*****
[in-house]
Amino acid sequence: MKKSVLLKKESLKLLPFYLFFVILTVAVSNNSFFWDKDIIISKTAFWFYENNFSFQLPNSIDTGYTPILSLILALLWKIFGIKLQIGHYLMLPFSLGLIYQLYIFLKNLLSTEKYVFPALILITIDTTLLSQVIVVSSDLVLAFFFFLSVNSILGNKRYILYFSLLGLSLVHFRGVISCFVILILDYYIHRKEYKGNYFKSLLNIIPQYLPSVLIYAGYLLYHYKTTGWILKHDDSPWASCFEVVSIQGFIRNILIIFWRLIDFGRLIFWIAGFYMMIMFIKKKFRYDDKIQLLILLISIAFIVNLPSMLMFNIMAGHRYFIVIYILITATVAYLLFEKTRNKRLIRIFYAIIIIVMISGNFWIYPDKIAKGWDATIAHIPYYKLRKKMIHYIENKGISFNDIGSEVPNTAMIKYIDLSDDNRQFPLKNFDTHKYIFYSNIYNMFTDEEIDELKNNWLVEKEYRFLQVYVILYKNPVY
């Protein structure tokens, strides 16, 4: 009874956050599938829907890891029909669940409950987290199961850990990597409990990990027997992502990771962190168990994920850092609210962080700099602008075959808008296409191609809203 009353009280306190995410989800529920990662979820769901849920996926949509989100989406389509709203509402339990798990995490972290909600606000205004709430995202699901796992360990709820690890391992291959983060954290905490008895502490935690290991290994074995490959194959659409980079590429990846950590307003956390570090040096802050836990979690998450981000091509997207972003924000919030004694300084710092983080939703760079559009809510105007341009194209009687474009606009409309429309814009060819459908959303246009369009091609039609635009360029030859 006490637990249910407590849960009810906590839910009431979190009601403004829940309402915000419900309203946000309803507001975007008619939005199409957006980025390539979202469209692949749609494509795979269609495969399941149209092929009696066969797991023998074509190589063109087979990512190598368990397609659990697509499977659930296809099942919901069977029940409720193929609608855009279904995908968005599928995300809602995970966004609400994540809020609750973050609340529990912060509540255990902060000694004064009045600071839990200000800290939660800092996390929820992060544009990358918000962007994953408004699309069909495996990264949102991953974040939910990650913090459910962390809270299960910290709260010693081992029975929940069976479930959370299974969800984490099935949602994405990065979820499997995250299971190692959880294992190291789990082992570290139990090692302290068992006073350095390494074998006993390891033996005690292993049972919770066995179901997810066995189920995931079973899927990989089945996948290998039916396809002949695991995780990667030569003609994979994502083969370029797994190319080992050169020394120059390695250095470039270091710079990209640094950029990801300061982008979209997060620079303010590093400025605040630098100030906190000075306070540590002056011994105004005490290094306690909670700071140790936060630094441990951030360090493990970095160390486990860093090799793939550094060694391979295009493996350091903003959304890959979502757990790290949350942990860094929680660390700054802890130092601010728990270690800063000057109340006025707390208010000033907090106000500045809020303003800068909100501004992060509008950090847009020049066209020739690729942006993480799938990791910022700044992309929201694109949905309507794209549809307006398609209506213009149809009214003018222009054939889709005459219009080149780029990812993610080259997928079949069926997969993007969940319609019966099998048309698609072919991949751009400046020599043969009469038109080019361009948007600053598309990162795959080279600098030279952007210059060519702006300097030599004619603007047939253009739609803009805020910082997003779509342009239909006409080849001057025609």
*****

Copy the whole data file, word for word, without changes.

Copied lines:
[in-house]
Amino acid sequence: MKKSVLLKKESLKLLPFYLFFVILTVAVSNNSFFWDKDIIISKTAFWFYENNFSFQLPNSIDTGYTPILSLILALLWKIFGIKLQIGHYLMLPFSLGLIYQLYIFLKNLLSTEKYVFPALILITIDTTLLSQVIVVSSDLVLAFFFFLSVNSILGNKRYILYFSLLGLSLVHFRGVISCFVILILDYYIHRKEYKGNYFKSLLNIIPQYLPSVLIYAGYLLYHYKTTGWILKHDDSPWASCFEVVSIQGFIRNILIIFWRLIDFGRLIFWIAGFYMMIMFIKKKFRYDDKIQLLILLISIAFIVNLPSMLMFNIMAGHRYFIVIYILITATVAYLLFEKTRNKRLIRIFYAIIIIVMISGNFWIYPDKIAKGWDATIAHIPYYKLRKKMIHYIENKGISFNDIGSEVPNTAMIKYIDLSDDNRQFPLKNFDTHKYIFYSNIYNMFTDEEIDELKNNWLVEKEYRFLQVYVILYKNPVY
């Protein structure tokens, strides 16, 4: 009874956050599938829907890891029909669940409950987290199961850990990597409990990990027997992502990771962190168990994920850092609210962080700099602008075959808008296409191609809203 009353009280306190995410989800529920990662979820769901849920996926949509989100989406389509709203509402339990798990995490972290909600606000205004709430995202699901796992360990709820690890391992291959983060954290905490008895502490935690290991290994074995490959194959659409980079590429990846950590307003956390570090040096802050836990979690998450981000091509997207972003924000919030004694300084710092983080939703760079559009809510105007341009194209009687474009606009409309429309814009060819459908959303246009369009091609039609635009360029030859 006490637990249910407590849960009810906590839910009431979190009601403004829940309402915000419900309203946000309803507001975007008619939005199409957006980025390539979202469209692949749609494509795979269609495969399941149209092929009696066969797991023998074509190589063109087979990512190598368990397609659990697509499977659930296809099942919901069977029940409720193929609608855009279904995908968005599928995300809602995970966004609400994540809020609750973050609340529990912060509540255990902060000694004064009045600071839990200000800290939660800092996390929820992060544009990358918000962007994953408004699309069909495996990264949102991953974040939910990650913090459910962390809270299960910290709260010693081992029975929940069976479930959370299974969800984490099935949602994405990065979820499997995250299971190692959880294992190291789990082992570290139990090692302290068992006073350095390494074998006993390891033996005690292993049972919770066995179901997810066995189920995931079973899927990989089945996948290998039916396809002949695991995780990667030569003609994979994502083969370029797994190319080992050169020394120059390695250095470039270091710079990209640094950029990801300061982008979209997060620079303010590093400025605040630098100030906190000075306070540590002056011994105004005490290094306690909670700071140790936060630094441990951030360090493990970095160390486990860093090799793939550094060694391979295009493996350091903003959304890959979502757990790290949350942990860094929680660390700054802890130092601010728990270690800063000057109340006025707390208010000033907090106000500045809020303003800068909100501004992060509008950090847009020049066209020739690729942006993480799938990791910022700044992309929201694109949905309507794209549809307006398609209506213009149809009214003018222009054939889709005459219009080149780029990812993610080259997928079949069926997969993007969940319609019966099998048309698609072919991949751009400046020599043969009469038109080019361009948007600053598309990162795959080279600098030279952007210059060519702006300097030599004619603007047939253009739609803009805020910082997003779509342009239909006409080849001057025609």